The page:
I read something recently about the culture of telling people they should be happy; how it’s unrealistic and also disrespectful to the other emotions they want to feel.
“I want to be sad dammit!” the author said, almost as though she was rebelling against this drive towards happiness and instead clawing at the other emotions that had somehow been deemed less acceptable by this happy-driven society.
You know, I totally get that… sometimes I want to be sad too, and sometimes I want to be all out furious (you should see me around and about day 21 of my cycle!), but I also felt a bit frustrated as I read, because I felt a bit like the author had gotten the wrong end of the stick.
Or maybe we (and I say that because I’m undoubtedly guilty of it too) haven’t been communicating it well enough. Because what she was referring to as happy, I would call peace. And that drive for permanent (or at least regular) inner peace is something I don’t just think is possible, but that I’m incredibly passionate about.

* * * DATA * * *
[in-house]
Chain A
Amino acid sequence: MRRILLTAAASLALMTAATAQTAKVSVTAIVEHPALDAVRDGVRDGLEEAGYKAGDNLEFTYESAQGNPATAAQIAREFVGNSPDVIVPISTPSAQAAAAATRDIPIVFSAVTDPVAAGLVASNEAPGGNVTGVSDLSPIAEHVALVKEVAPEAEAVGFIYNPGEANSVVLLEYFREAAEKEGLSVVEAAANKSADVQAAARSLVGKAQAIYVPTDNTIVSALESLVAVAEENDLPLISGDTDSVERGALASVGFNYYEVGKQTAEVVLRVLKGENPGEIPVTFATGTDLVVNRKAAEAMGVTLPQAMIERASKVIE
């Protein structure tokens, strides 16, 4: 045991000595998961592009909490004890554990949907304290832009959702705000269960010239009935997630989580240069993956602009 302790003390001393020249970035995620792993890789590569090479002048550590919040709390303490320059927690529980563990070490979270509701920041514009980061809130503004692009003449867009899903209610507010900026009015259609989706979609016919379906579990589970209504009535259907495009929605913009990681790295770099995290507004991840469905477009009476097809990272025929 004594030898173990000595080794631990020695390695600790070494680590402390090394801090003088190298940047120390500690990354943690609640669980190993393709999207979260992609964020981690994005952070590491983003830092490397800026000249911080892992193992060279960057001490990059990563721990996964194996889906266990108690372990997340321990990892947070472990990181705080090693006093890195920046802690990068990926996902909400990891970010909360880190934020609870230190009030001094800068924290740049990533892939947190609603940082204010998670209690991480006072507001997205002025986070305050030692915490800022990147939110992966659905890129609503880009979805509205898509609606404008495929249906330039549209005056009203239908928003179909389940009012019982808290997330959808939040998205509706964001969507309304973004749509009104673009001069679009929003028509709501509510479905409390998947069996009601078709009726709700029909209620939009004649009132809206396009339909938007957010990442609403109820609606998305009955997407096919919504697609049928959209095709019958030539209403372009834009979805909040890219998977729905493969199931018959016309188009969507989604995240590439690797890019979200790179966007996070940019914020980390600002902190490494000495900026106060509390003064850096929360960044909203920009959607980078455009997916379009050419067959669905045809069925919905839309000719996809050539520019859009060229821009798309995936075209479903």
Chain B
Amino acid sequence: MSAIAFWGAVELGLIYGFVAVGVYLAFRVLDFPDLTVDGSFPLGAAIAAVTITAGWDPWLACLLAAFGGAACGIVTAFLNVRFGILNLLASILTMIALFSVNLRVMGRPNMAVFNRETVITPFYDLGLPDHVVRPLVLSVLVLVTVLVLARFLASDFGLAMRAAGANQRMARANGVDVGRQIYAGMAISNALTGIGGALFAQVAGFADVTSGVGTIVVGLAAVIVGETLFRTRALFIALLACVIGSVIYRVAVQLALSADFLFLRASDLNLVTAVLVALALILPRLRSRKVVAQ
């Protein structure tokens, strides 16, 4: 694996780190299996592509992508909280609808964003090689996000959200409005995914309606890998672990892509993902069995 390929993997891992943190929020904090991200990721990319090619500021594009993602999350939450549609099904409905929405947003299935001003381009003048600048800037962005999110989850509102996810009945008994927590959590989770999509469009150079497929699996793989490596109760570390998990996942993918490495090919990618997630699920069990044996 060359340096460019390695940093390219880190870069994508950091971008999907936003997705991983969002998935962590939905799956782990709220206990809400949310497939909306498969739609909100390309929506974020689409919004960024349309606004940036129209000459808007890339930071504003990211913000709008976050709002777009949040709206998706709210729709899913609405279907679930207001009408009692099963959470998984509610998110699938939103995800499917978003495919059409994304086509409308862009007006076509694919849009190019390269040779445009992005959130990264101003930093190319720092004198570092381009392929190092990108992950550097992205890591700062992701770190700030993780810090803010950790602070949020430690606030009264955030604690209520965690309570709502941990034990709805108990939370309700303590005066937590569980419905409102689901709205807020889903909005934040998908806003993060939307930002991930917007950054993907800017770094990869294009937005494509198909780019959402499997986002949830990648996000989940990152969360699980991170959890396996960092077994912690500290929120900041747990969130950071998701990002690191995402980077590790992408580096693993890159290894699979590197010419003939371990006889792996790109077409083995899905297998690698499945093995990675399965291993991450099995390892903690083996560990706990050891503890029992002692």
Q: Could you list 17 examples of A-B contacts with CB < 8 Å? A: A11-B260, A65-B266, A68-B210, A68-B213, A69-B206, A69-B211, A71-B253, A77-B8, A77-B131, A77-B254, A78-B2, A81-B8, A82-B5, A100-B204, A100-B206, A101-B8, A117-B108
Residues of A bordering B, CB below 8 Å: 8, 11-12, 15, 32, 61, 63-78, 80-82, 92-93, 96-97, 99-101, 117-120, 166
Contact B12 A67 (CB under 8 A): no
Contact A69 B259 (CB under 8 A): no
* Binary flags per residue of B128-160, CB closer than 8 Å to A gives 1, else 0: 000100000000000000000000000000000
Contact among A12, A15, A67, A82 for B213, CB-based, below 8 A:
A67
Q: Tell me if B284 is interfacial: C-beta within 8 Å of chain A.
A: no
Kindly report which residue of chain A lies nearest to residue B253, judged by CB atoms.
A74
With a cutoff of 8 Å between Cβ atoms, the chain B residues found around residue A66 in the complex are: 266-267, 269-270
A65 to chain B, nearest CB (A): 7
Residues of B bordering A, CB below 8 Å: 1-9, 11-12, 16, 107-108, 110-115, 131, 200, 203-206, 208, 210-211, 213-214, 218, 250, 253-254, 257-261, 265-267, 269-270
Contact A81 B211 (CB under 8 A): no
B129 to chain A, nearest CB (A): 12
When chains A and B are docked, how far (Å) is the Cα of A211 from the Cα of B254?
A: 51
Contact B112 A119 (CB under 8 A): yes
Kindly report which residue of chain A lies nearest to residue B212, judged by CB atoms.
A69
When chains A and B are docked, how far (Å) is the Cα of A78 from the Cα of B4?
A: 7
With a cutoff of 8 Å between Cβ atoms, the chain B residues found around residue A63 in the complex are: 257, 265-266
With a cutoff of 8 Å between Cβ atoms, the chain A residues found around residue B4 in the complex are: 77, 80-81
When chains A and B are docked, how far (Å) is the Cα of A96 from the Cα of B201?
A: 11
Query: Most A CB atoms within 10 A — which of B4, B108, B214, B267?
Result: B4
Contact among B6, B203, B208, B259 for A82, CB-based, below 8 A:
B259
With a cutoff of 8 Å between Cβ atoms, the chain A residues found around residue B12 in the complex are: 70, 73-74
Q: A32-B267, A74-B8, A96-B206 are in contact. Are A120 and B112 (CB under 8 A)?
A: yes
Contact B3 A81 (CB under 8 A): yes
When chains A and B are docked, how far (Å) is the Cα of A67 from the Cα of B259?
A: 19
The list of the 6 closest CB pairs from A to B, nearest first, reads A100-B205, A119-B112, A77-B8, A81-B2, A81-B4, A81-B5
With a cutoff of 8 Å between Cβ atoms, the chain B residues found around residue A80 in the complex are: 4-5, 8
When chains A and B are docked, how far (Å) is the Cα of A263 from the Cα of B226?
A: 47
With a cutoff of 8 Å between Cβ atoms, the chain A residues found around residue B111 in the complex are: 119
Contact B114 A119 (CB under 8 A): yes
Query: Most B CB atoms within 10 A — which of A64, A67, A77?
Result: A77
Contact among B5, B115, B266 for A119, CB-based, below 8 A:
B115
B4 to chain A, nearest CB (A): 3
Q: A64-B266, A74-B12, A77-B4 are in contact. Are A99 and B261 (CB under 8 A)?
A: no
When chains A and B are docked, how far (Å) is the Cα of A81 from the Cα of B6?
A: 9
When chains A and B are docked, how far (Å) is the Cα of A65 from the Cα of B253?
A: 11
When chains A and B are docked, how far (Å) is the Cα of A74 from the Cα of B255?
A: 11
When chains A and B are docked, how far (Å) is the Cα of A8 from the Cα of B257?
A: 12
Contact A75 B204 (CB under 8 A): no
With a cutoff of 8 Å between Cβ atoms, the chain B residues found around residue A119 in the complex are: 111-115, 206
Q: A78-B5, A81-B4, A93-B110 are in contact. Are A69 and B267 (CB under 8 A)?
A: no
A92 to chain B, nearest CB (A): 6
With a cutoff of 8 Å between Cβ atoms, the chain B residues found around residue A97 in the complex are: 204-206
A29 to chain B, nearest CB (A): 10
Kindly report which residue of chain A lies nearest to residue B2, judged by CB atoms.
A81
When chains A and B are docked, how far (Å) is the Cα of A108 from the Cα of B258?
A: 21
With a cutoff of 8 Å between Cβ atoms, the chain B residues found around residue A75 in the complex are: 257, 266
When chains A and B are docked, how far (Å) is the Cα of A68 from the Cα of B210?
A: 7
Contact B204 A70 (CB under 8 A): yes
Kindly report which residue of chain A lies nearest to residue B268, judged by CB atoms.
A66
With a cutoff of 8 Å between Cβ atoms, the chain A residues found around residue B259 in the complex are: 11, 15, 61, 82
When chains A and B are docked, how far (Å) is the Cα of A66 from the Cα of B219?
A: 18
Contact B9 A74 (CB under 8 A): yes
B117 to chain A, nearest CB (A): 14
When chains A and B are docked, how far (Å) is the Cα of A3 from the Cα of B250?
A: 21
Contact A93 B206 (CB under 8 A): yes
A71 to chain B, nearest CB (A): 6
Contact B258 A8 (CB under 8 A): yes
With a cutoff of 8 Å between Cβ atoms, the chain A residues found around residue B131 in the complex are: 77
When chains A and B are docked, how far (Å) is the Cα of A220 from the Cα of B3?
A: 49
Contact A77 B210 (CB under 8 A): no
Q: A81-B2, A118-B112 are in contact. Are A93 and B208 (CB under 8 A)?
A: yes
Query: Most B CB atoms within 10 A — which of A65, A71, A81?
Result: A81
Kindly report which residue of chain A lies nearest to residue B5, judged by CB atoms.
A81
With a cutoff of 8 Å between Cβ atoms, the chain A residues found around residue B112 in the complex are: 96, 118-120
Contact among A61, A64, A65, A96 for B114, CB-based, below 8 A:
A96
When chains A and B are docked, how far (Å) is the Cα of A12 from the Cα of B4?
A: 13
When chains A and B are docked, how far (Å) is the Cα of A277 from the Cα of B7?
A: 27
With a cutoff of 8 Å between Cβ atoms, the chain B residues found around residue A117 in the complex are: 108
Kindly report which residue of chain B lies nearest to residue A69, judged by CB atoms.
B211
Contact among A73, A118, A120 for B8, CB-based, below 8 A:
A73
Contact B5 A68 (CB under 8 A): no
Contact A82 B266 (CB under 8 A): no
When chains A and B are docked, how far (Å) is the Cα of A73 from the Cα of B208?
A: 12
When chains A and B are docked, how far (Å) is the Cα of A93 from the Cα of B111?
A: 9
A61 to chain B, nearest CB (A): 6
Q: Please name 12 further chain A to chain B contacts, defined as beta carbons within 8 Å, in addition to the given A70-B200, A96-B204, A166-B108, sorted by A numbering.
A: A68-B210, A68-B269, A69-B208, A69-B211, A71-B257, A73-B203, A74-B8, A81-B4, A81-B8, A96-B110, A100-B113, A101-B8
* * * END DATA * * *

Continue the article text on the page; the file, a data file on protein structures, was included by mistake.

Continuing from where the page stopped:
I used to be someone who was constantly unhappy. Whatever was going on in my outer world I would be worried, stressed, and working myself into knots thinking about what I should be doing, what other people might think, and all of the things that could possible go wrong. It wasn’t fun, it wasn’t productive in any way and by Gods it was tiring! And whenever I read those self-help books or articles, or indeed whenever I write them, that’s the mental state I always think of.
Now I’m pleased to say that my life has changed for the better and I’m generally the opposite of all of those things I described; that’s not to say my outer world never stresses me out or worries me, just that inside I stay me… centred and pretty damned peaceful.
Is that “happy”? Well it’s not unhappy, but it also doesn’t mean I’m singing and dancing all the time. This change means that I’m more at peace – more comfortable with myself, more comfortable with the Universe and its flow, and also more comfortable with my moods.
I still get so angry I want to shout, I still get sad, there are still times I want to curl up with Marley & Me or the Notebook and sob until I’m exhausted, just because. But that’s OK, because I understand that those feelings are necessary, I have a good idea where they come from and I can almost enjoy them more as a result.
So yes, to the lady who wrote that article, I totally agree. Maybe we should stop talking about the search for “happiness” and how to be happy, and should instead focus on the search for peace.